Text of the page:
Ruth 1:18 – When she saw that she was determined to go with her, she said no more to her. So Ruth in previous verses pours out her soul to Naomi, and what’s Naomi’s response? She goes silent. Again, it’s another picture-type of things today. The church (Ruth) has in at least certain veins shown great dedication to Israel (Naomi) in light of the Scriptures, but the response to it has been lukewarm at best.

Ruth 1:20-21 – She said to them, do not call me Naomi; call me Mara, for the Almighty has dealt very bitterly with me. I went out full, but the LORD has brought me back empty Naomi and Ruth make it back to Bethlehem, and the people of the city wonder if it really is Naomi. Naomi is distraught and says don’t call me Naomi (means my delight or pleasant), call me Mara (means bitterness). The word full in this verse comes from a root verb which can mean to consecrate. The word empty comes from an adjective which can mean vain, of little value, or like a hungry soul. Israel has in the past been in the fullness of God, consecrated, back in the days when they put God in His proper place; first in their lives, land and kingdom. Think of the time of King David as an example. Conversely, they missed the boat and missed their anointing to present the Messiah to the world, which has left them lacking. In the end times, God will restore Israel as he promised in both the Old Testament (Jeremiah 16:15) and the New Testament (Romans 11:26). However, some would say it will be with much unpleasantness, and emptiness, and trouble, i.e., Jacob’s trouble (Jeremiah 30:7).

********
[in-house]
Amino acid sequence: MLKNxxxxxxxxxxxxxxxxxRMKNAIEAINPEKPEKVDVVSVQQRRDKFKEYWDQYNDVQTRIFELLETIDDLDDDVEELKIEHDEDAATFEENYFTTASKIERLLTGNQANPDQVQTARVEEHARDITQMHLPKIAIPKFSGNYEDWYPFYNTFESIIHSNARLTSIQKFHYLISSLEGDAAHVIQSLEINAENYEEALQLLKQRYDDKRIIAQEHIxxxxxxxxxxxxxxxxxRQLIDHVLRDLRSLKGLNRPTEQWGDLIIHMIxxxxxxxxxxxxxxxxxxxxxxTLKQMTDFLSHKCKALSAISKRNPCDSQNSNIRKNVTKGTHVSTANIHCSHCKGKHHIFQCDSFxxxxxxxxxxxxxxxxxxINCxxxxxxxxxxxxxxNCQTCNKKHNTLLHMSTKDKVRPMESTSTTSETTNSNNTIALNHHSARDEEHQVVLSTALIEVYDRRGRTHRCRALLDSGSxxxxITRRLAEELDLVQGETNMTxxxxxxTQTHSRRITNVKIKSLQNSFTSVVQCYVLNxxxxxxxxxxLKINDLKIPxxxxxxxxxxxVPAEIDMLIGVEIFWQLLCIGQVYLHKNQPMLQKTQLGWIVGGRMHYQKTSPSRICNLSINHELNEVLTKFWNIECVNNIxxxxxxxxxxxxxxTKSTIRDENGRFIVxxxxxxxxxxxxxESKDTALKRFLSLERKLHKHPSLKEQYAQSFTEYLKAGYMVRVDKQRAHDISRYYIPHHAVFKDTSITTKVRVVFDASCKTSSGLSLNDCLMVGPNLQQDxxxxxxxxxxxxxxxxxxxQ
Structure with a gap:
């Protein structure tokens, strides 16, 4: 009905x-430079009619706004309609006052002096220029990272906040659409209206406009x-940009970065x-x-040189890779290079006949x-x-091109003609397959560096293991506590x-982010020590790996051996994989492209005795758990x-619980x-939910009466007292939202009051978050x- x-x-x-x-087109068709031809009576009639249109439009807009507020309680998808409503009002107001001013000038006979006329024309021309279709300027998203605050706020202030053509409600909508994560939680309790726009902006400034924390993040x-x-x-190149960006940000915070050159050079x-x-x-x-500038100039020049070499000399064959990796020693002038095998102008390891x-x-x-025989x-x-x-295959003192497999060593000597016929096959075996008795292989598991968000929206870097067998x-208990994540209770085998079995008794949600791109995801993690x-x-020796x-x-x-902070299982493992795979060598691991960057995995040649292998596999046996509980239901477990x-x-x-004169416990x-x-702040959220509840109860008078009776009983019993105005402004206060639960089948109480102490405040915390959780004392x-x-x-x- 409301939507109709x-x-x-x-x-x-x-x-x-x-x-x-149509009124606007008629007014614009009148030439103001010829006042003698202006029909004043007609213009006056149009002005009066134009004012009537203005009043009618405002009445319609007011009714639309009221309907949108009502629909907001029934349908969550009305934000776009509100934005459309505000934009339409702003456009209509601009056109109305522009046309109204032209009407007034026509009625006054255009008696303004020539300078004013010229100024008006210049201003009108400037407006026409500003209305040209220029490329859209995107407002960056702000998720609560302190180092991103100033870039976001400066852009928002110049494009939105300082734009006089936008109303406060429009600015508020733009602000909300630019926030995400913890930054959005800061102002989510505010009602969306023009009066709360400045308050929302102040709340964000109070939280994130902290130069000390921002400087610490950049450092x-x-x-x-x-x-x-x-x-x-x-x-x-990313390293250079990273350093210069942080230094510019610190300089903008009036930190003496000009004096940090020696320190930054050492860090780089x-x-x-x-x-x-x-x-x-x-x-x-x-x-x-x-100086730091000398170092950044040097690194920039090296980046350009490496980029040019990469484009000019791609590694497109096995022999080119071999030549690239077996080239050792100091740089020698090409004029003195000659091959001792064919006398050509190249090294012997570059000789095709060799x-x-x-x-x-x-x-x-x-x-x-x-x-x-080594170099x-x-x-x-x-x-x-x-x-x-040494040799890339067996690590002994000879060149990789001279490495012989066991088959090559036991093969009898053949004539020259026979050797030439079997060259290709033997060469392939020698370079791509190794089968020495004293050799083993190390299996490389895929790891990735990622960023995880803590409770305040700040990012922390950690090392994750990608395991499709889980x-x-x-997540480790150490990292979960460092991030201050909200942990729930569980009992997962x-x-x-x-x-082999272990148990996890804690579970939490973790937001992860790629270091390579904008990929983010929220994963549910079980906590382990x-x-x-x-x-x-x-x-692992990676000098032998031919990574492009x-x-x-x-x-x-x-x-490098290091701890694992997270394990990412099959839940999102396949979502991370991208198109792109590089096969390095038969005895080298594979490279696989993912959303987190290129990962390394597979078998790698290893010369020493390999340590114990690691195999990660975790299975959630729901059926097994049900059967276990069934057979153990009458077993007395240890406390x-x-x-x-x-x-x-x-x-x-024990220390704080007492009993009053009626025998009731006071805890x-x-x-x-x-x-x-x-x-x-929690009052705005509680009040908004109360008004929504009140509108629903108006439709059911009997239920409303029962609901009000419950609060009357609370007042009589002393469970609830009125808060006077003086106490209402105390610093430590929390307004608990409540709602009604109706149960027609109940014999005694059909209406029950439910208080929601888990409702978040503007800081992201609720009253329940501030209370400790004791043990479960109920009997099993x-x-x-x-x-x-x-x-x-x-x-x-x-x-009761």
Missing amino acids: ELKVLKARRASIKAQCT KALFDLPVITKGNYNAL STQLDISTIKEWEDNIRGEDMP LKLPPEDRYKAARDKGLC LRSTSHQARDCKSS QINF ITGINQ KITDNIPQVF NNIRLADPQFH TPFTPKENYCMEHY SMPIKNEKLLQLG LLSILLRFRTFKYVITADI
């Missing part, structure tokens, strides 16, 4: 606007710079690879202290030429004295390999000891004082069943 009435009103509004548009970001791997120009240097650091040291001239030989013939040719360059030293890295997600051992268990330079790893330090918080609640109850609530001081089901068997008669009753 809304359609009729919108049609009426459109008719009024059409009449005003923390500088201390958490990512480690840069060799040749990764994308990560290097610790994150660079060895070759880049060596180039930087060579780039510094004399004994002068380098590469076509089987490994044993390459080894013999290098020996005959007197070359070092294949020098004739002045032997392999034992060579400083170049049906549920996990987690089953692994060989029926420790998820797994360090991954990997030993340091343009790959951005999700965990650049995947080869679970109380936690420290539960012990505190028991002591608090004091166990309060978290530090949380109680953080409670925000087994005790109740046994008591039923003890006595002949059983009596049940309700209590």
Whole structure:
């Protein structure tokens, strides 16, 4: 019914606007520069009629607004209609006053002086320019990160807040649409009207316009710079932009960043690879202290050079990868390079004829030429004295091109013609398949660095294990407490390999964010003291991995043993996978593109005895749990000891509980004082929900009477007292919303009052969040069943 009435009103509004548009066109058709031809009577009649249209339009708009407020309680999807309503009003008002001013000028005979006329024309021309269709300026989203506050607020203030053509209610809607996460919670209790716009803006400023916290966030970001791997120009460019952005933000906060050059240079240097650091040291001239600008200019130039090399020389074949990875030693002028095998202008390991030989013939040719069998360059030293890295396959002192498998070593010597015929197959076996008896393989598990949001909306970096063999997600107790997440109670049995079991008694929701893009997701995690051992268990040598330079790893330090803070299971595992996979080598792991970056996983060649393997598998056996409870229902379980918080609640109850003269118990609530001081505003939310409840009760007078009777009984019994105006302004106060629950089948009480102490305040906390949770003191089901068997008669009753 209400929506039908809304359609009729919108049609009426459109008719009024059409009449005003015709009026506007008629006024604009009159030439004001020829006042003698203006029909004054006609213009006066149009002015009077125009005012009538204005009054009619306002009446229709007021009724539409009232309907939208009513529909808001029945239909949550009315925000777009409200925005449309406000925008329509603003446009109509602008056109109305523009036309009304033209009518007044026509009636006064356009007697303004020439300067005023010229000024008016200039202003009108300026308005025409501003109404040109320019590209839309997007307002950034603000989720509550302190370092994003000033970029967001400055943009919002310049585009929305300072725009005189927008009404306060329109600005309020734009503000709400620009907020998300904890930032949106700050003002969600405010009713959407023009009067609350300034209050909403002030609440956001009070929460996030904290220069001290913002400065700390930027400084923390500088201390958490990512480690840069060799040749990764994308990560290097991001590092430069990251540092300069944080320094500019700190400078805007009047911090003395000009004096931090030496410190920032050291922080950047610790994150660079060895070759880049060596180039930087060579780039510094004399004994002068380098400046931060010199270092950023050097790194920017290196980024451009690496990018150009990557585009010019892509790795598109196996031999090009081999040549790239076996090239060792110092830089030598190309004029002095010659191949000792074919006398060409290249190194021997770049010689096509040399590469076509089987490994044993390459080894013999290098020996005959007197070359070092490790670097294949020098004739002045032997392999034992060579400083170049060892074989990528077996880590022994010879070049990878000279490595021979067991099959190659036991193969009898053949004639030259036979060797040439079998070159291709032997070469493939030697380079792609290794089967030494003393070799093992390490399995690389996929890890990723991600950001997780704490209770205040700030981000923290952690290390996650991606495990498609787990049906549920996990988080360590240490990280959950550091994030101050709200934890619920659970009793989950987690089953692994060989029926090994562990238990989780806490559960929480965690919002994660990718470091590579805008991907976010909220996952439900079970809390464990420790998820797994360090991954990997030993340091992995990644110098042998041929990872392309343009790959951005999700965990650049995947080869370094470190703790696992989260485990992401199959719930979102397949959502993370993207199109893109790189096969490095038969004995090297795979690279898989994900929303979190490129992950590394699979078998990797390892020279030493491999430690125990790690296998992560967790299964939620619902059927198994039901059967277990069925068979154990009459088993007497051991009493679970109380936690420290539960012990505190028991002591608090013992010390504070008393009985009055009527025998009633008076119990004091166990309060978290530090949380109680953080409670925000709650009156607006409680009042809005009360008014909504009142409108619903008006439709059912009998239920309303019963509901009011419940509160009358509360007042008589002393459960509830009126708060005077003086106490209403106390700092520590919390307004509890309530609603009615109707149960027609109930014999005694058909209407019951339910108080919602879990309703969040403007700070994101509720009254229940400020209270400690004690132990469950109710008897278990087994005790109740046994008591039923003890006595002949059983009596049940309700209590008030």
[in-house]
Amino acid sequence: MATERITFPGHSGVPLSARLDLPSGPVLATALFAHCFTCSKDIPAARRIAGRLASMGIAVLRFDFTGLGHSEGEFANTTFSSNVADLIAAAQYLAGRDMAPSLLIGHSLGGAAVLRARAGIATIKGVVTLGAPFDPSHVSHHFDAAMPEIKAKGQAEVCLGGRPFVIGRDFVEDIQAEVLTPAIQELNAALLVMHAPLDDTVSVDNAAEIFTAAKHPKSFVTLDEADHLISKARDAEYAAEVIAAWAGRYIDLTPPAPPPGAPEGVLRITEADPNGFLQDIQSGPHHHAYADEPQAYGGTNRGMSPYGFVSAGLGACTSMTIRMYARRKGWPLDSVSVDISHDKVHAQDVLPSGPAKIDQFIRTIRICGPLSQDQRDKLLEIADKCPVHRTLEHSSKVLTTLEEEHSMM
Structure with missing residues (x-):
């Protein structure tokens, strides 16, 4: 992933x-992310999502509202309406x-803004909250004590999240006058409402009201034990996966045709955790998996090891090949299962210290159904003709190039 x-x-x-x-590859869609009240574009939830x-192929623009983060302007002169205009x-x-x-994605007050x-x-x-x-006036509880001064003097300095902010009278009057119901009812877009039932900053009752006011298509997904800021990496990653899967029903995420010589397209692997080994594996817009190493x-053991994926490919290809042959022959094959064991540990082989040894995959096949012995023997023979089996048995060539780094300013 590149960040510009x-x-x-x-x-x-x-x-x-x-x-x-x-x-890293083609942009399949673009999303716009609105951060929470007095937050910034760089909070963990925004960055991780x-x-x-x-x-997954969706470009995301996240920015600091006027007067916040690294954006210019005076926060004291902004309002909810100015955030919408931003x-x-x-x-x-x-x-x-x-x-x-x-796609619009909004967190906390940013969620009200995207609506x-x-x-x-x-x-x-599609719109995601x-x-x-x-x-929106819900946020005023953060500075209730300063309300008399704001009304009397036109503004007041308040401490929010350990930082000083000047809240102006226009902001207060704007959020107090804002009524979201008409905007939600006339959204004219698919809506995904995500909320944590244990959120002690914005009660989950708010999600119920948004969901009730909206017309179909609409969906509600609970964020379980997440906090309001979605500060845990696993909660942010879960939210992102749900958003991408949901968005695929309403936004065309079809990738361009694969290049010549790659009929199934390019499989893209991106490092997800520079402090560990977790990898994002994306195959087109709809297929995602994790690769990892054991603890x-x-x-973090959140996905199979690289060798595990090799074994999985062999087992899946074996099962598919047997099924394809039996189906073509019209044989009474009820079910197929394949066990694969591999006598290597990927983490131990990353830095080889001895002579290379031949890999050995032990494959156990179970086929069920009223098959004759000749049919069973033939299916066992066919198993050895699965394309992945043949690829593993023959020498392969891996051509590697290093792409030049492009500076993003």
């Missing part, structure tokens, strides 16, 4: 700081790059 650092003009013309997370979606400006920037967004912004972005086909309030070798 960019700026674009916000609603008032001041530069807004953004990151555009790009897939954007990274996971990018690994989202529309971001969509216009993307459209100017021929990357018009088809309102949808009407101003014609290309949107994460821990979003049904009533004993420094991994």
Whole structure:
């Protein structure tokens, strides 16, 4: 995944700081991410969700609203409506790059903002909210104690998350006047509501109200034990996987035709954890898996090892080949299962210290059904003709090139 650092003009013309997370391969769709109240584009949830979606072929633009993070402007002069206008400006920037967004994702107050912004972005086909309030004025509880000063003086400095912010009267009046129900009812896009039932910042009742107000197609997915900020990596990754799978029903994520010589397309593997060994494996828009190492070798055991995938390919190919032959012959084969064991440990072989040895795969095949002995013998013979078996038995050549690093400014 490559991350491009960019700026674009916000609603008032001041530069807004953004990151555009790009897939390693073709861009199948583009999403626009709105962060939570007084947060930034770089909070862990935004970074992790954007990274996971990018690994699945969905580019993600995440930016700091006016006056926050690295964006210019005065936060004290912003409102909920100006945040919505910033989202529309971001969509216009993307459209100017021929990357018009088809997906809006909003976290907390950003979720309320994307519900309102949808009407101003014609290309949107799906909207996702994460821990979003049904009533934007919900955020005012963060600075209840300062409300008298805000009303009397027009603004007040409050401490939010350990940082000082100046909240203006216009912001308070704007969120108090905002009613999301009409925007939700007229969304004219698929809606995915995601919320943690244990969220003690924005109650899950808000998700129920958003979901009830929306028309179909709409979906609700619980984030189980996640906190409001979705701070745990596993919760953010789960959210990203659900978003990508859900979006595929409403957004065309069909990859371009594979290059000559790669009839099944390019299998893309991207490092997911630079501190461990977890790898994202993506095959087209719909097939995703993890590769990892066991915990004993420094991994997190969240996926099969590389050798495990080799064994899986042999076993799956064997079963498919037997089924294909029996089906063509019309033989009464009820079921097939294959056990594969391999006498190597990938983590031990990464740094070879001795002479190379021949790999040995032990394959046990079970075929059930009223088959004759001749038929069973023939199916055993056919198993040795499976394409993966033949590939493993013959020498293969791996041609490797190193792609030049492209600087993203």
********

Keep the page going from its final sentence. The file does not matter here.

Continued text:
Ruth 1:22 – …And they came to Bethlehem at the beginning of barley harvest. The barley harvest is a spring event and typically occurs in April or May. It is near to and relational of the Passover. More will be said about barley later.

Ruth 2:1 – Naomi had a kinsman of her husband, a man of great wealth, of the family of Elimelech, whose name was Boaz. Here is the introduction to Boaz. He’s a relative to Naomi’s late husband Elimelech, thus the connection to Naomi and Ruth. Boaz means fleetness or strength, and is described in the text as being of great wealth or a mighty man, depending on the translation you use. Later you will see picture-types of Boaz as Jesus. Here you can see the relationship between Elimelech and Boaz by their names, and could be a picture-type of God the Father (Elimelech=God is my king) and the Son (Boaz=strength/great wealth).